## Relation of radius/diameter size to precision

Fenared Ortiz 3K
Posts: 37
Joined: Wed Nov 16, 2016 3:03 am

### Relation of radius/diameter size to precision

An electron is confined to the size of a magnesium atom(radius=150pm). What is min. uncertainty in its velocity? Another electron is confined to the size of a sodium atom (radius>150pm). In which atom can the velocity of the electron be known with the highest precision and why?

For the first part I used the Heisenberg Indeterminacy equation and got 1.93x10^5 m/s.
What im confused about is how can i prove which radius gives the higher precision and why.

Ryan Sydney Beyer 2B
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Joined: Fri Sep 29, 2017 7:07 am
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### Re: Relation of radius/diameter size to precision

The Heisenberg Uncertainty Equation can be stated as following::

We can either know momentum to extreme precision or position to extreme precision but either way it has to be greater than or equal to Planck's Constant divided by 4pi. So in the problem, as the uncertainty in position rises, the uncertainty in velocity would decrease.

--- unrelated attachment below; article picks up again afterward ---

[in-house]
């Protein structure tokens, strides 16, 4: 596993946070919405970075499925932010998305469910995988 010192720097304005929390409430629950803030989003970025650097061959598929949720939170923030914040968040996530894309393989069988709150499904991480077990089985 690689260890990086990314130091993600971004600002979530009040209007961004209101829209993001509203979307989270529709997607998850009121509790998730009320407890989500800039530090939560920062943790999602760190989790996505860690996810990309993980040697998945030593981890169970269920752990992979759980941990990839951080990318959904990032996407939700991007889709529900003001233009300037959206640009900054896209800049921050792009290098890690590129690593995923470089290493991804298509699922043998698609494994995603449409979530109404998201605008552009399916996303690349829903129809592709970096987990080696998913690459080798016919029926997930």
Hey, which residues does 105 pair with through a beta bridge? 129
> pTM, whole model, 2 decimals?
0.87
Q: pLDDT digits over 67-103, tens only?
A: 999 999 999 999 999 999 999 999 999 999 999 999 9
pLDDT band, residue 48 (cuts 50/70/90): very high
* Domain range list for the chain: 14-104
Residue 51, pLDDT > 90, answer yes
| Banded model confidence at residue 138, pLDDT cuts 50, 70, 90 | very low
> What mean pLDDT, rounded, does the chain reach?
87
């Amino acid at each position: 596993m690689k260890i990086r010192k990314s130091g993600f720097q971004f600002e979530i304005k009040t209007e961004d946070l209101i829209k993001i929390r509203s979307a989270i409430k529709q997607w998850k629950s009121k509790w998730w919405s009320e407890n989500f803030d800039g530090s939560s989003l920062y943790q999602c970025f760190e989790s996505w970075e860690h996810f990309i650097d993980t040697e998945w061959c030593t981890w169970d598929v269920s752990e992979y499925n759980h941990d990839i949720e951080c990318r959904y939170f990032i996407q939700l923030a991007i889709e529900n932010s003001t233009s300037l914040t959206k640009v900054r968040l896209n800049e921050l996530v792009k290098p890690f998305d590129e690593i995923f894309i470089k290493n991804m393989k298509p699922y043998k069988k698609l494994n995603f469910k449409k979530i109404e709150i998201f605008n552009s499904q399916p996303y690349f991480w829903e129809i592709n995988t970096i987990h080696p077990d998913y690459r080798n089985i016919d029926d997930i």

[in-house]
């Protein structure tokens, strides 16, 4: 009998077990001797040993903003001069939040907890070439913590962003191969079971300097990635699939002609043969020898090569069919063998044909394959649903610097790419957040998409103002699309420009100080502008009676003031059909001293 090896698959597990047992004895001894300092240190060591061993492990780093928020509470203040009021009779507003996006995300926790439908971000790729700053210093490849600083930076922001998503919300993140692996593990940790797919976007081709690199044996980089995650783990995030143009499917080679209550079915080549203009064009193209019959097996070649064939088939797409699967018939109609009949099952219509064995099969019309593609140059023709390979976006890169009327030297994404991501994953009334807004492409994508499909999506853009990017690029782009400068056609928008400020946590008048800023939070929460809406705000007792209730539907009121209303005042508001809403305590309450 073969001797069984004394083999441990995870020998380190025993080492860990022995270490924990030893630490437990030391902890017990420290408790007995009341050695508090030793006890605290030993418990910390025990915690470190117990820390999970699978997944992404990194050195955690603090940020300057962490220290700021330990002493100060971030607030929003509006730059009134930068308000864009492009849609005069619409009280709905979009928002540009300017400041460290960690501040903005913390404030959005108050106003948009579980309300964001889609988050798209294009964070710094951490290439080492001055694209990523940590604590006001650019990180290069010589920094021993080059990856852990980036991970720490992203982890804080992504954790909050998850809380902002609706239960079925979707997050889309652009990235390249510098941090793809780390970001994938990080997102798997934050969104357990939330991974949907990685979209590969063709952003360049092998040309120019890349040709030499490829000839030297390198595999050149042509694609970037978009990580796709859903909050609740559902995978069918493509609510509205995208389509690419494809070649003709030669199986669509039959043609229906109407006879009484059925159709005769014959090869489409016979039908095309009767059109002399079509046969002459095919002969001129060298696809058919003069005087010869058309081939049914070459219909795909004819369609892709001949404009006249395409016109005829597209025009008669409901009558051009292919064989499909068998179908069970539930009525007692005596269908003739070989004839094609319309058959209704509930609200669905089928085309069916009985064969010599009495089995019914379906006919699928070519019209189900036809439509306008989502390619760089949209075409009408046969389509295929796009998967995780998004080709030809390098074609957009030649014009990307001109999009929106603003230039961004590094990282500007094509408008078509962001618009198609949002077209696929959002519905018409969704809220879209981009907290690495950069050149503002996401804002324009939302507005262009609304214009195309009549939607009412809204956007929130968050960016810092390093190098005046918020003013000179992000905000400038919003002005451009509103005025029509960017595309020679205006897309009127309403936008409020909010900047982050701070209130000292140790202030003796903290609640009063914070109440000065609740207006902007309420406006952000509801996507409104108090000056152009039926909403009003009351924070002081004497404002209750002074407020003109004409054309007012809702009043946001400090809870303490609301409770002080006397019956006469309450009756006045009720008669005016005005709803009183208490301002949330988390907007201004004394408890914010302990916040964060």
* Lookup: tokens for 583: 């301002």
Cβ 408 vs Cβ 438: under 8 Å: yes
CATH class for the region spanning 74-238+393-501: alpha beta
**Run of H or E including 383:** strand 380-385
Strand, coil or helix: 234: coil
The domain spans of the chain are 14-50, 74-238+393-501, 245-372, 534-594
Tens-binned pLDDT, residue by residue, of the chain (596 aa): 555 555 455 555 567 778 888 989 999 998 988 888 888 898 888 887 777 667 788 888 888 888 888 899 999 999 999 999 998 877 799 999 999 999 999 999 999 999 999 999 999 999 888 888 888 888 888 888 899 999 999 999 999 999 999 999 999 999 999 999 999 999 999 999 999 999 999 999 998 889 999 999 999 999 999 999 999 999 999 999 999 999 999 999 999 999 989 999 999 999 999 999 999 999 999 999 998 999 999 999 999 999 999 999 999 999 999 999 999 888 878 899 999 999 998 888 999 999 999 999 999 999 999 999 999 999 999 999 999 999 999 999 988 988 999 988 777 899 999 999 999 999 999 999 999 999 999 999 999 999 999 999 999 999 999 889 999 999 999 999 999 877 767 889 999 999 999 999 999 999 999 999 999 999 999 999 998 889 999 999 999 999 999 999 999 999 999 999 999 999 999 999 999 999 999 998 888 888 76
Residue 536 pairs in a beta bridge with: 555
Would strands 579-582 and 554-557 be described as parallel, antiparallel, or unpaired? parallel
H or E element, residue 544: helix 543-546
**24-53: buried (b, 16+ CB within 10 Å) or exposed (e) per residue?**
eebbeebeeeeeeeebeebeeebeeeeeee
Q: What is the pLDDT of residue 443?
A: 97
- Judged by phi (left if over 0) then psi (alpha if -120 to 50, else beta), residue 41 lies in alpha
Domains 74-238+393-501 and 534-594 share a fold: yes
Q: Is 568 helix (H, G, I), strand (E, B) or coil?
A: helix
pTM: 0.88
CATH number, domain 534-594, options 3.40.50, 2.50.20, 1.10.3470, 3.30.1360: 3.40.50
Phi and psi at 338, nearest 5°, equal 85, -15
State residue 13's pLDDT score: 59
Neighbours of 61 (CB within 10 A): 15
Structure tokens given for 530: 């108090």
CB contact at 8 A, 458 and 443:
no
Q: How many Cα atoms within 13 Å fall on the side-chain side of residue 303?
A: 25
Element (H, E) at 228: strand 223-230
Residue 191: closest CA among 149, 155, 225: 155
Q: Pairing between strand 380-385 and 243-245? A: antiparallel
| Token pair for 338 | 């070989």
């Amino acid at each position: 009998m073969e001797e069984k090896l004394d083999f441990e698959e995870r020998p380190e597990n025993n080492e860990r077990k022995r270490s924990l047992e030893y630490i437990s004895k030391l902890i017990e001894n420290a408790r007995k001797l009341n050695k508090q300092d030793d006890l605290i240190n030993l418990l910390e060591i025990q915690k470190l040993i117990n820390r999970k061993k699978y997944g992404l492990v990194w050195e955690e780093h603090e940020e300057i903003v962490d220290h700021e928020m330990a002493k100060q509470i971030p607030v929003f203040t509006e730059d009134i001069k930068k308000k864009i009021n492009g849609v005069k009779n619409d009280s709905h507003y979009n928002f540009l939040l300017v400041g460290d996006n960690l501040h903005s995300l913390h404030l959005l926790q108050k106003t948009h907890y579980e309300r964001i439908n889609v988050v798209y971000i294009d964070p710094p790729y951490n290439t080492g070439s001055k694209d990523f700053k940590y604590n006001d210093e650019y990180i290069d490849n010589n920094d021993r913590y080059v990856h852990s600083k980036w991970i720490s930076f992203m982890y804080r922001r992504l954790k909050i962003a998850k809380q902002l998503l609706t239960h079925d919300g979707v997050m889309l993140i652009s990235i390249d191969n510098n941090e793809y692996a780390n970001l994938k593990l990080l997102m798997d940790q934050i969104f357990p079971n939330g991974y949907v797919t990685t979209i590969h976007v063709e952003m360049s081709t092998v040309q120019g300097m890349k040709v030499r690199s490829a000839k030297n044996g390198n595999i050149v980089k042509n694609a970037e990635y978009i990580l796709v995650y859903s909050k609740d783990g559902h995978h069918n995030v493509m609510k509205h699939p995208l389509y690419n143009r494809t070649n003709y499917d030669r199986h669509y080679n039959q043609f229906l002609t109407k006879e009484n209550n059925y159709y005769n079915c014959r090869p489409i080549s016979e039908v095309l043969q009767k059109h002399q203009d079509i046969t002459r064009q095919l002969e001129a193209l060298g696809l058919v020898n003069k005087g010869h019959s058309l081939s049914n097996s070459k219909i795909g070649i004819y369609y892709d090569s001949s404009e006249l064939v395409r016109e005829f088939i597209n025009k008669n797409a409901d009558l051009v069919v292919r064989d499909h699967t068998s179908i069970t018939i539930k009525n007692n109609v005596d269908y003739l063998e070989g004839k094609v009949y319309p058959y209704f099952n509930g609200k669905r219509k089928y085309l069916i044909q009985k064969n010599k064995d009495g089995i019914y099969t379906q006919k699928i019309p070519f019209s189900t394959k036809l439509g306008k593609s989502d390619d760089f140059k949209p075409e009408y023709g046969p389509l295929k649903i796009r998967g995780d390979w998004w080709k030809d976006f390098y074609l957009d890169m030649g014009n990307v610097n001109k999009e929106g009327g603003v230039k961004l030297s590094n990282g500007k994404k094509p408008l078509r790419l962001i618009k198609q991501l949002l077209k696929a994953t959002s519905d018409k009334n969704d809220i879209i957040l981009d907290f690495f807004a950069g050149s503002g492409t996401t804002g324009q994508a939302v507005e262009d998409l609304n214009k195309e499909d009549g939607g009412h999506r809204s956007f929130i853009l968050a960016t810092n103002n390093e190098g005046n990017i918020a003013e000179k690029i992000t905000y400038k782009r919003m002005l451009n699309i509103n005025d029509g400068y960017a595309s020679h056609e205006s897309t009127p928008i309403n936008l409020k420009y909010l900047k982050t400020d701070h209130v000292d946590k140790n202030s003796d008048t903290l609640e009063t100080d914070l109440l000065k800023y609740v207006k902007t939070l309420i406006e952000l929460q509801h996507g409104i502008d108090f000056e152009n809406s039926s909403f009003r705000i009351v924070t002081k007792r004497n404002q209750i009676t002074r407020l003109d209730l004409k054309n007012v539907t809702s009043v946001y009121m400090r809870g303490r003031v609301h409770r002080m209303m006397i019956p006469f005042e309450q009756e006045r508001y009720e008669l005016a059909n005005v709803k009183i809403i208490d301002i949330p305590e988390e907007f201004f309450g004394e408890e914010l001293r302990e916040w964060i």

This can be shown by rearranging the above equation to show that as position represented by delta x increases, then uncertainty in velocity would decrease::

For the problem then, the atom with a radius of 150pm would have greater uncertainty in velocity than the atom with a radius greater than 150pm. The electron confined to the sodium atom is the atom in which the velocity would be known with the highest precision.

Posts: 88
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### Re: Relation of radius/diameter size to precision

Should we convert all the units to meters or picometers before doing this problem?

Mikaila 3E
Posts: 21
Joined: Fri Sep 29, 2017 7:07 am

### Re: Relation of radius/diameter size to precision

Converting units is a preference thing. I prefer to convert my units at the beginning so I don't forget at the end but if you prefer to work only in certain units, then that is fine too. The important part is to have the correct final answer in the correct units.